Reactions of the putative state of Kurdistan’s neighbours is hardly surprising given the region’s brutal realpolitik. But this does little to disguise the fact that a post-first world war construct in the Middle East is under siege.

In the wash-up of the collapse of the Ottoman empire and the redrawing the region’s boundaries under a secret colonial-era accord between Britain and France, the Kurds can consider themselves hard done-by not to have been given their own state.

A century later, the Iran-backed and Shiite-dominated Iraqi state is under enormous stress, having ousted Islamic State from most of its strongholds in bloody conflict backed by the US and its allies, including Australia.

A sullen and disenfranchised Sunni minority, who had lent their support to a murderous IS, is a residue of longstanding tribal conflicts and tensions across Iraq.

The Kurds have effectively gone their own way since the fall of Saddam Hussein in 2003. But they have found that attachment to a corrupt Shiite-dominated regime in Baghdad has been a drag on their national aspirations.

At the heart of difficulties between the Kurds and Iran-backed rulers in Baghdad is money. The Kurds can legitimately claim they are not receiving their fair share of oil revenues.

This is not to say the Kurds are blameless in the conduct of their affairs. A Barzani political fiefdom led by Maassoud Barzani has its share of critics, not least those who question its democratic credentials.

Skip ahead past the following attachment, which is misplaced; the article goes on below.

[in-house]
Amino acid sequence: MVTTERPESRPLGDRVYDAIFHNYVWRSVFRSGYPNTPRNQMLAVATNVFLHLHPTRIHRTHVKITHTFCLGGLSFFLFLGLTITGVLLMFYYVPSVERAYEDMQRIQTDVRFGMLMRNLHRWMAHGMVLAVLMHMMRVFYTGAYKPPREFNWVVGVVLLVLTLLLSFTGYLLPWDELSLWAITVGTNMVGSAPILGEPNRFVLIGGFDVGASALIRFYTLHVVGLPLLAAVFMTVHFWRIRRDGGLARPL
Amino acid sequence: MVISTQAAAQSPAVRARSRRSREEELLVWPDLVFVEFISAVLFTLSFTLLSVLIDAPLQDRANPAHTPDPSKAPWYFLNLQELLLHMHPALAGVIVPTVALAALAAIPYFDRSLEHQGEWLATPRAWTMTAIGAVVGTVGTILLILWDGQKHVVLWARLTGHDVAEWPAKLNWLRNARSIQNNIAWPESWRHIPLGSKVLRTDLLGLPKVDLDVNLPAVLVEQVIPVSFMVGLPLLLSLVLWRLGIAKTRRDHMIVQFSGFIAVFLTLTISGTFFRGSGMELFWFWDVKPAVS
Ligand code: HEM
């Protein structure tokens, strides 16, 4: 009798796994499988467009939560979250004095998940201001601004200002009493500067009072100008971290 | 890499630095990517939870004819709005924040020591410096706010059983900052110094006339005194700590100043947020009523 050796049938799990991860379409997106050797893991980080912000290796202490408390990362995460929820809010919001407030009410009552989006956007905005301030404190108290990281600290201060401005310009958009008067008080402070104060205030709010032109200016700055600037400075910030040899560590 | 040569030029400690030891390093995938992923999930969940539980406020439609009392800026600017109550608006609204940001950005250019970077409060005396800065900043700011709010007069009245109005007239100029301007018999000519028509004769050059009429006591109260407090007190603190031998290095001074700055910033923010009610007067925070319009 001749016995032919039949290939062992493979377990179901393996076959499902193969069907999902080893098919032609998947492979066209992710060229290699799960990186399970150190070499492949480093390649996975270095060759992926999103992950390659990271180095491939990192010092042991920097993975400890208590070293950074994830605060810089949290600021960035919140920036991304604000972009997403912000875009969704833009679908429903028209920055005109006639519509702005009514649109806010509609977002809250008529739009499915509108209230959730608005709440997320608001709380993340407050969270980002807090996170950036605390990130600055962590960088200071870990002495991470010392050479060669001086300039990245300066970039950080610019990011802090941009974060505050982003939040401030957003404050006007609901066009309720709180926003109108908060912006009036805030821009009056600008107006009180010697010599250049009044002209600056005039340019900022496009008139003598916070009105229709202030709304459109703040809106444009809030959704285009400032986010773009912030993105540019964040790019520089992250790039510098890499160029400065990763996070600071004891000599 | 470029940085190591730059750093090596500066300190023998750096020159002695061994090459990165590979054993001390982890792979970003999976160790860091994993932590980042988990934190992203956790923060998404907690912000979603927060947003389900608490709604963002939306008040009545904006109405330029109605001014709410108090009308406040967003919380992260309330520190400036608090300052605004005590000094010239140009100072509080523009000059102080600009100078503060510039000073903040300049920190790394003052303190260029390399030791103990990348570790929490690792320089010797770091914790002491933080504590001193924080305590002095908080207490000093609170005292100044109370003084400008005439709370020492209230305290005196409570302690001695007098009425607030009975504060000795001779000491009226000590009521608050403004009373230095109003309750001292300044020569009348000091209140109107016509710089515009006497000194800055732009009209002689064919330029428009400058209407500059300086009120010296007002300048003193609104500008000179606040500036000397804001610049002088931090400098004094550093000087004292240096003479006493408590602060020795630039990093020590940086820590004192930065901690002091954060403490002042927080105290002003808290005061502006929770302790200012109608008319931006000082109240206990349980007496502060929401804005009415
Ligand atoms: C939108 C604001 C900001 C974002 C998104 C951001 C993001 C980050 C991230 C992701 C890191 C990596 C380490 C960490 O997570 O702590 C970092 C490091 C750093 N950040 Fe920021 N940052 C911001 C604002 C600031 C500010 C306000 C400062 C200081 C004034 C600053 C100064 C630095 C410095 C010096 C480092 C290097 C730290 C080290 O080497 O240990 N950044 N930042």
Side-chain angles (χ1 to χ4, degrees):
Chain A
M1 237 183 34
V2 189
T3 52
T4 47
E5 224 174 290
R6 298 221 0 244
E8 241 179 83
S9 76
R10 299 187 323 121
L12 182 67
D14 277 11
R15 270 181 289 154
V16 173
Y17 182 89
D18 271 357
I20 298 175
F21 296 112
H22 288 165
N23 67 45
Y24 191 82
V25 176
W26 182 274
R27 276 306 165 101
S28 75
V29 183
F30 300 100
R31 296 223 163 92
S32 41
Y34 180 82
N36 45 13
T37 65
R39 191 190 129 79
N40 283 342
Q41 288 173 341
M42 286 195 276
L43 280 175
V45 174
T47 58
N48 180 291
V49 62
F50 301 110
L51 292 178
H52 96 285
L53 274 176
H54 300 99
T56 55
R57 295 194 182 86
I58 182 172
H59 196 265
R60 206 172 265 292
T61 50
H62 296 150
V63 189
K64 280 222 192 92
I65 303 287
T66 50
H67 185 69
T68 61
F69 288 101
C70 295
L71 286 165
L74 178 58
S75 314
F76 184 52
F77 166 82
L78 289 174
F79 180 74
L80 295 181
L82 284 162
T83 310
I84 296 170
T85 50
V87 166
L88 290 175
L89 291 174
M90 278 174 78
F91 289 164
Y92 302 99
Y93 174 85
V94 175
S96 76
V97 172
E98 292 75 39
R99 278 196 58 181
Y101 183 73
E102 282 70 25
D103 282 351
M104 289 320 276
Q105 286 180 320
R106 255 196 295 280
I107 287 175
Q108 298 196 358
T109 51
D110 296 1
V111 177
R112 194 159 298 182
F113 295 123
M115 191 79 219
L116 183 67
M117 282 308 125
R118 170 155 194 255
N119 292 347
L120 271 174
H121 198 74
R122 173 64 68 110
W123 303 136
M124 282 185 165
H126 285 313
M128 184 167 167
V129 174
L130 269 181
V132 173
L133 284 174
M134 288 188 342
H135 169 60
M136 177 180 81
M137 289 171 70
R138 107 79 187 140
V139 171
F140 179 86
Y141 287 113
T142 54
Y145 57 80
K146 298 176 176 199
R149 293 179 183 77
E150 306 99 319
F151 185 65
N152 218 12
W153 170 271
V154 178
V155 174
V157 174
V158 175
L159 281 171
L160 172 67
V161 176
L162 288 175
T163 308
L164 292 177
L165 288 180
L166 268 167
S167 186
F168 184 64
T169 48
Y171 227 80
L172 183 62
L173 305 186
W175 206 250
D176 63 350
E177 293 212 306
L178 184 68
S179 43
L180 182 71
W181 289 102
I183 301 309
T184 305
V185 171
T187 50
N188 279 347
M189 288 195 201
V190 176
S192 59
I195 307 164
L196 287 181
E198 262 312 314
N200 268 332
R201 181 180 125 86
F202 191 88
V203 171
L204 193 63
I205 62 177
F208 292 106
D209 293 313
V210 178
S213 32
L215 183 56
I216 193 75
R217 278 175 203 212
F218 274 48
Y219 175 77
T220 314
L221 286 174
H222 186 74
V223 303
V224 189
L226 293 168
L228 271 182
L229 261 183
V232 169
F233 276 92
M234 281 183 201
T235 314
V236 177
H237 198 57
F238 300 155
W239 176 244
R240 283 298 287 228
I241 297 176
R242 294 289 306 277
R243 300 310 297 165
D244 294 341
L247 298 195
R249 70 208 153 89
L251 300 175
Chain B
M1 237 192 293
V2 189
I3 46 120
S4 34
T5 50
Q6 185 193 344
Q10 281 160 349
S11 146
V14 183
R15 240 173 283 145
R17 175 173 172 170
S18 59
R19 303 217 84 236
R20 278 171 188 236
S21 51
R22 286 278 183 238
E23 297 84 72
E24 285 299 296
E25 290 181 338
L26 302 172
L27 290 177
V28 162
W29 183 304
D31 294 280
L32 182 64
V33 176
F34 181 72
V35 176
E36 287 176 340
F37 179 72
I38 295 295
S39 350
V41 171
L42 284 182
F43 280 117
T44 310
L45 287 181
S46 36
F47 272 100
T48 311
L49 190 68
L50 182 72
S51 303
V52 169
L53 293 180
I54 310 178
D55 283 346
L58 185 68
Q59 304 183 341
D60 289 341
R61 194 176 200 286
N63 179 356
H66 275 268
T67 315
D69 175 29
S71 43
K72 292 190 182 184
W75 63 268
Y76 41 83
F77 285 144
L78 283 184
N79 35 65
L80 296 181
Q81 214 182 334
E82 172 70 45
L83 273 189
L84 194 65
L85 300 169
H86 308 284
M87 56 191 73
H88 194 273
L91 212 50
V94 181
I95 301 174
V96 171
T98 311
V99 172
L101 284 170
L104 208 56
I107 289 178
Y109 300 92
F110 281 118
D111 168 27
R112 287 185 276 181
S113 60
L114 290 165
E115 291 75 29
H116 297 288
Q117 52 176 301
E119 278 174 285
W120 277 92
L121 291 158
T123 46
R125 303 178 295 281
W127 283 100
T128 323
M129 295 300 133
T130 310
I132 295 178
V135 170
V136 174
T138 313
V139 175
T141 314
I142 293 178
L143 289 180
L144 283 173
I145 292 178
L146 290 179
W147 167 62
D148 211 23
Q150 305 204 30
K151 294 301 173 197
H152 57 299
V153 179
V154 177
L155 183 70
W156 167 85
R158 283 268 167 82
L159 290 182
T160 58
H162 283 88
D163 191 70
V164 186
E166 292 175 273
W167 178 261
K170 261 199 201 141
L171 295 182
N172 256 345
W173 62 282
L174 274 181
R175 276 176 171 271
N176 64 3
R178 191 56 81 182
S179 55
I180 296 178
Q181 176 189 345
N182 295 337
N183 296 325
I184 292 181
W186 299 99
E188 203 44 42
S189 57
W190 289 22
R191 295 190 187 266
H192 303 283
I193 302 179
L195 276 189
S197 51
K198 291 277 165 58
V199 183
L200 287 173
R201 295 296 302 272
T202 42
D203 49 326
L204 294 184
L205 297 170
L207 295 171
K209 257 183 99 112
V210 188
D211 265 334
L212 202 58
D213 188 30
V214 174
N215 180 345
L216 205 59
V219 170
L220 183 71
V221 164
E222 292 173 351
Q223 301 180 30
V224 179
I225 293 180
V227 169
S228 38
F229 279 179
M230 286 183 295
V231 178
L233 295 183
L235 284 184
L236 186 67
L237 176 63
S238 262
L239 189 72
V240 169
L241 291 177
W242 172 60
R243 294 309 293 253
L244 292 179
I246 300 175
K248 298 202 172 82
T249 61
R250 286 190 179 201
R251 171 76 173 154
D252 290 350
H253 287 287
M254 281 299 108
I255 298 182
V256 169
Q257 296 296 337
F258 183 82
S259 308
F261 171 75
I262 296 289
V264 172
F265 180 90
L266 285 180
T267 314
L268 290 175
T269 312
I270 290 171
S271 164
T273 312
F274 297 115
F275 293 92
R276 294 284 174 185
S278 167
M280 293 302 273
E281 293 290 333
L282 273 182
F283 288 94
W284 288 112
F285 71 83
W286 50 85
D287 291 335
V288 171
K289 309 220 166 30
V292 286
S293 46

Barzani himself remains in power two years after his term as president has expired. The Kurdish parliament is virtually defunct, and members of the Barzani family occupy many of the government’s leading posts.

In all of this, it is reasonable to speculate what might have been if a push in 2006 for a separation of Iraq into Kurdish, Sunni and Shiite enclaves had been countenanced.

This was a solution proposed by then Senator, later Vice President Joe Biden. Indeed, back then the Senate passed a resolution supporting the Biden proposal.

A re-emergence of Kurdish separatist demands is merely one consequence of upheavals that followed the US-led invasion of Iraq in 2003. It was an adventure that has cost the American taxpayer upwards of a trillion dollars and contributed to the de-stabilisation of the entire region.

In their separate bids for independence – or greater autonomy – the Kurds and the Catalans are facing gale-force headwinds.

Neither case has international support – although both the Kurds and the Catalans have their sympathisers. The Scots, for example, have expressed support for Catalan aspirations.

The two also have to reckon with resistance more generally to secessionist movements.

The last nation to win independence was landlocked South Sudan in 2011, with the backing of the international community. In that case, the independence referendum grew out of an internationally brokered peace agreement that ended Sudan’s long-running civil war.

Kosovo is another example of national aspirations that enjoyed widespread international support. Its declaration of independence from Serbia had the backing of the US and its European allies, but was opposed by the Serbian and Russians government.

While Kosovo is recognised by more than 100 countries, it has still not been admitted to the United Nations due to a Russian veto.

The ConversationThe Catalans and the Kurds have some way to go before they realise their aspirations. It is not clear that independence plebiscites shorn of international legitimacy will yield what some believe is their just rewards.

Tony Walker, Adjunct Professor, School of Communications, La Trobe University

This article was originally published on The Conversation. Read the original article.